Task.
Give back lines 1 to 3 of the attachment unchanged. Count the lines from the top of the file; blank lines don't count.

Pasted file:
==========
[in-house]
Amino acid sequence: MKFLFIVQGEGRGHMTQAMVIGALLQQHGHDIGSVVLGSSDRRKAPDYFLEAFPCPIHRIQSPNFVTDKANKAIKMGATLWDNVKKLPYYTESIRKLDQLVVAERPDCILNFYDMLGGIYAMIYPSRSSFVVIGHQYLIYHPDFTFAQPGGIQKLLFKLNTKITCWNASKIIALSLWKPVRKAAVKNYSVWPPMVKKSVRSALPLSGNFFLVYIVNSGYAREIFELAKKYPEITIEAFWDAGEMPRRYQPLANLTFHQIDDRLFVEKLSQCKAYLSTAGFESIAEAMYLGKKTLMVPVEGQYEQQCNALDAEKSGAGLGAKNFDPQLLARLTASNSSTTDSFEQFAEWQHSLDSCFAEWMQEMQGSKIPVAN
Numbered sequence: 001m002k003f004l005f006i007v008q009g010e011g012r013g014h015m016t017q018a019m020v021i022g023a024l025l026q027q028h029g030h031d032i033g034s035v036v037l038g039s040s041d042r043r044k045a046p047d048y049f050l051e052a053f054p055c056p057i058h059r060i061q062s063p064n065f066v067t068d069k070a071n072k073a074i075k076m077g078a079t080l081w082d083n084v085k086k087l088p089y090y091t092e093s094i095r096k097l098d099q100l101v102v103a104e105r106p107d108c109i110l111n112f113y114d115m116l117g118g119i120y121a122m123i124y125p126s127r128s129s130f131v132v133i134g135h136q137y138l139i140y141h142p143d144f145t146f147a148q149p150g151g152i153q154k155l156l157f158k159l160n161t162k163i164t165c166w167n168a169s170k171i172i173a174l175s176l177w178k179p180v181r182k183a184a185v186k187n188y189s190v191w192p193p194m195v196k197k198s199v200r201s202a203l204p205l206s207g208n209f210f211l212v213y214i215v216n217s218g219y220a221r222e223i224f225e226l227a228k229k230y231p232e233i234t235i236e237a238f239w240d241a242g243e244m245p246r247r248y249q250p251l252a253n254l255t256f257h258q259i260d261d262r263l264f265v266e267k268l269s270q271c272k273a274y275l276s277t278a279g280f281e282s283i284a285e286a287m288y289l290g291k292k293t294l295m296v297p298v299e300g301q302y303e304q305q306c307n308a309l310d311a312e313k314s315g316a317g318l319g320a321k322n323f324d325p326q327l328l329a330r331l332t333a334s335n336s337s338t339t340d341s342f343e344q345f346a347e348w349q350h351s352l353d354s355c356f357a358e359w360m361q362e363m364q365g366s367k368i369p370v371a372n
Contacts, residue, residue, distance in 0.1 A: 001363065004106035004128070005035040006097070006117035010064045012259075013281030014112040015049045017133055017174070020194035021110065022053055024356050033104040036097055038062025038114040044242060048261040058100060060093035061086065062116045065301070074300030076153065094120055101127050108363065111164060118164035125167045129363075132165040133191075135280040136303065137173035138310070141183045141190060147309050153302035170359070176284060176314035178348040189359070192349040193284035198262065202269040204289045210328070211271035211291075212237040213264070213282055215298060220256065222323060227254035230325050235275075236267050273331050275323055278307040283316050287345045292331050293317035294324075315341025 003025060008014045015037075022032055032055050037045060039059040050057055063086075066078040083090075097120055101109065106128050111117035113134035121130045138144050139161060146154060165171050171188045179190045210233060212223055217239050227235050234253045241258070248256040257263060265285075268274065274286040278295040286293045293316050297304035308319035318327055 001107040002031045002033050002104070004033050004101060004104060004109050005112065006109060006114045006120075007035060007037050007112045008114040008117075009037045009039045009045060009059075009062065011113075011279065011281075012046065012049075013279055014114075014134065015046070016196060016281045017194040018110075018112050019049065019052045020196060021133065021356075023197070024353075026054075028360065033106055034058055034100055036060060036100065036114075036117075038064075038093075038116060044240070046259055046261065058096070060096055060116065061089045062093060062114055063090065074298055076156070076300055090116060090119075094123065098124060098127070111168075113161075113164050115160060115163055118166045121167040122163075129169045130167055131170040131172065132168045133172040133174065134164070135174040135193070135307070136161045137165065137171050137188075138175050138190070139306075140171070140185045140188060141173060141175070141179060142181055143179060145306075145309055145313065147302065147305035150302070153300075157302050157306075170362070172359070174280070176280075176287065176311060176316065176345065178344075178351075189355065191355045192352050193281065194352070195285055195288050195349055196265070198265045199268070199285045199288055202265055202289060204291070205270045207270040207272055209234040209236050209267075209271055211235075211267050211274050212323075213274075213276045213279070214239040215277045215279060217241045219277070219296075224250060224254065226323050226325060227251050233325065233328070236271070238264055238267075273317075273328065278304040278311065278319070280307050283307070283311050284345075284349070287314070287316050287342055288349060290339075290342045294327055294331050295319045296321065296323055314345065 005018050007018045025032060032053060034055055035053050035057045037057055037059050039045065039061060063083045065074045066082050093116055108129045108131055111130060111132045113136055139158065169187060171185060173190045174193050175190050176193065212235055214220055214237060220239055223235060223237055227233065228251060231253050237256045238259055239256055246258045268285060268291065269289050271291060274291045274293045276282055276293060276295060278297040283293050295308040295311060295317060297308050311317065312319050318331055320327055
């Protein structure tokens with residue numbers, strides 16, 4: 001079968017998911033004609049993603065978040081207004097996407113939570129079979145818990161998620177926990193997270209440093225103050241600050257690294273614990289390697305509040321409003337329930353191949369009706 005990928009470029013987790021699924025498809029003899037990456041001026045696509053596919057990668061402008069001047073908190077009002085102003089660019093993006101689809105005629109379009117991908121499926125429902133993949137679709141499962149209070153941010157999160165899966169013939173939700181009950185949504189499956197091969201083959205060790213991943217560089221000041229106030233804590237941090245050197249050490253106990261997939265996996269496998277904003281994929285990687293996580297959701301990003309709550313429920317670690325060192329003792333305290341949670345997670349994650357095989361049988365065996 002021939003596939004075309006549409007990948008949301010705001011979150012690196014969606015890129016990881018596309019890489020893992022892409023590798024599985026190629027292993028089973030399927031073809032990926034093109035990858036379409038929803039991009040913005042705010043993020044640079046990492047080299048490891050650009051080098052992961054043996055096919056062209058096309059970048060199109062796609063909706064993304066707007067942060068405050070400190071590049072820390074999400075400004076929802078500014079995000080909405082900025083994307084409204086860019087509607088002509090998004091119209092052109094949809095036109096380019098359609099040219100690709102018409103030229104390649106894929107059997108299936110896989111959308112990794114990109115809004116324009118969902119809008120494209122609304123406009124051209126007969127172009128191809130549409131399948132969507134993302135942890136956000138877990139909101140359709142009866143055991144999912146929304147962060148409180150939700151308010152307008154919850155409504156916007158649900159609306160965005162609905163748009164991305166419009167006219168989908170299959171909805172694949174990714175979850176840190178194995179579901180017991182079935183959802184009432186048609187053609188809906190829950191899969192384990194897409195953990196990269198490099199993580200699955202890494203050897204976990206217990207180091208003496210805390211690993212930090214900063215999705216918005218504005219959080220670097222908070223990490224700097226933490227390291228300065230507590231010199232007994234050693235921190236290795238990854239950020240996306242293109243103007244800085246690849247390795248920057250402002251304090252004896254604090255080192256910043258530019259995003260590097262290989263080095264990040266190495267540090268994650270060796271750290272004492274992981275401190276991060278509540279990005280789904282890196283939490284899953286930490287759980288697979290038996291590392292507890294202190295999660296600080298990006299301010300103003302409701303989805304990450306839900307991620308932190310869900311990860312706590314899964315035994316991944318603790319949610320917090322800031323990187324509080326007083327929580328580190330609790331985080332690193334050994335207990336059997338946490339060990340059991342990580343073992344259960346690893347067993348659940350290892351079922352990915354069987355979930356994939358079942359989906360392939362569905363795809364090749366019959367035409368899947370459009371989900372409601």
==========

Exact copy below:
[in-house]
Amino acid sequence: MKFLFIVQGEGRGHMTQAMVIGALLQQHGHDIGSVVLGSSDRRKAPDYFLEAFPCPIHRIQSPNFVTDKANKAIKMGATLWDNVKKLPYYTESIRKLDQLVVAERPDCILNFYDMLGGIYAMIYPSRSSFVVIGHQYLIYHPDFTFAQPGGIQKLLFKLNTKITCWNASKIIALSLWKPVRKAAVKNYSVWPPMVKKSVRSALPLSGNFFLVYIVNSGYAREIFELAKKYPEITIEAFWDAGEMPRRYQPLANLTFHQIDDRLFVEKLSQCKAYLSTAGFESIAEAMYLGKKTLMVPVEGQYEQQCNALDAEKSGAGLGAKNFDPQLLARLTASNSSTTDSFEQFAEWQHSLDSCFAEWMQEMQGSKIPVAN
Numbered sequence: 001m002k003f004l005f006i007v008q009g010e011g012r013g014h015m016t017q018a019m020v021i022g023a024l025l026q027q028h029g030h031d032i033g034s035v036v037l038g039s040s041d042r043r044k045a046p047d048y049f050l051e052a053f054p055c056p057i058h059r060i061q062s063p064n065f066v067t068d069k070a071n072k073a074i075k076m077g078a079t080l081w082d083n084v085k086k087l088p089y090y091t092e093s094i095r096k097l098d099q100l101v102v103a104e105r106p107d108c109i110l111n112f113y114d115m116l117g118g119i120y121a122m123i124y125p126s127r128s129s130f131v132v133i134g135h136q137y138l139i140y141h142p143d144f145t146f147a148q149p150g151g152i153q154k155l156l157f158k159l160n161t162k163i164t165c166w167n168a169s170k171i172i173a174l175s176l177w178k179p180v181r182k183a184a185v186k187n188y189s190v191w192p193p194m195v196k197k198s199v200r201s202a203l204p205l206s207g208n209f210f211l212v213y214i215v216n217s218g219y220a221r222e223i224f225e226l227a228k229k230y231p232e233i234t235i236e237a238f239w240d241a242g243e244m245p246r247r248y249q250p251l252a253n254l255t256f257h258q259i260d261d262r263l264f265v266e267k268l269s270q271c272k273a274y275l276s277t278a279g280f281e282s283i284a285e286a287m288y289l290g291k292k293t294l295m296v297p298v299e300g301q302y303e304q305q306c307n308a309l310d311a312e313k314s315g316a317g318l319g320a321k322n323f324d325p326q327l328l329a330r331l332t333a334s335n336s337s338t339t340d341s342f343e344q345f346a347e348w349q350h351s352l353d354s355c356f357a358e359w360m361q362e363m364q365g366s367k368i369p370v371a372n